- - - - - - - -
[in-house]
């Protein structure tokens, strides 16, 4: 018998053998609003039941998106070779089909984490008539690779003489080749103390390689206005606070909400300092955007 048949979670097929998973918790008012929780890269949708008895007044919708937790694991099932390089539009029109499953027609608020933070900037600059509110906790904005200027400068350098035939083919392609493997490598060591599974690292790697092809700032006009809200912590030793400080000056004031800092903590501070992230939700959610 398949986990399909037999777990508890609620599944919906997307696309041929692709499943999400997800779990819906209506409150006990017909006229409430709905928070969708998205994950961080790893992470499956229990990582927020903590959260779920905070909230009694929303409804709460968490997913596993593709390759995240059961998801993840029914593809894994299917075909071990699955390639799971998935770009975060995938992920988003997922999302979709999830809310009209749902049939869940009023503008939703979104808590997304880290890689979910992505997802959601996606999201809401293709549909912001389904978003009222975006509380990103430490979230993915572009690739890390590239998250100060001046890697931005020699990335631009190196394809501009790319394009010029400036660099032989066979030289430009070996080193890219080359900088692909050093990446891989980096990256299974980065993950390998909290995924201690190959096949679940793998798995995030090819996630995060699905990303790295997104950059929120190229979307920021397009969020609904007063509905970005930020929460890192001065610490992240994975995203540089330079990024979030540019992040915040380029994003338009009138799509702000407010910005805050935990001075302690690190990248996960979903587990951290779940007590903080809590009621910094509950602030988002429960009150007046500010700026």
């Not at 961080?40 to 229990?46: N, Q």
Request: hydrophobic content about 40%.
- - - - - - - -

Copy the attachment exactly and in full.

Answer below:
[in-house]
């Protein structure tokens, strides 16, 4: 018998053998609003039941998106070779089909984490008539690779003489080749103390390689206005606070909400300092955007 048949979670097929998973918790008012929780890269949708008895007044919708937790694991099932390089539009029109499953027609608020933070900037600059509110906790904005200027400068350098035939083919392609493997490598060591599974690292790697092809700032006009809200912590030793400080000056004031800092903590501070992230939700959610 398949986990399909037999777990508890609620599944919906997307696309041929692709499943999400997800779990819906209506409150006990017909006229409430709905928070969708998205994950961080790893992470499956229990990582927020903590959260779920905070909230009694929303409804709460968490997913596993593709390759995240059961998801993840029914593809894994299917075909071990699955390639799971998935770009975060995938992920988003997922999302979709999830809310009209749902049939869940009023503008939703979104808590997304880290890689979910992505997802959601996606999201809401293709549909912001389904978003009222975006509380990103430490979230993915572009690739890390590239998250100060001046890697931005020699990335631009190196394809501009790319394009010029400036660099032989066979030289430009070996080193890219080359900088692909050093990446891989980096990256299974980065993950390998909290995924201690190959096949679940793998798995995030090819996630995060699905990303790295997104950059929120190229979307920021397009969020609904007063509905970005930020929460890192001065610490992240994975995203540089330079990024979030540019992040915040380029994003338009009138799509702000407010910005805050935990001075302690690190990248996960979903587990951290779940007590903080809590009621910094509950602030988002429960009150007046500010700026």
């Not at 961080?40 to 229990?46: N, Q």
Request: hydrophobic content about 40%.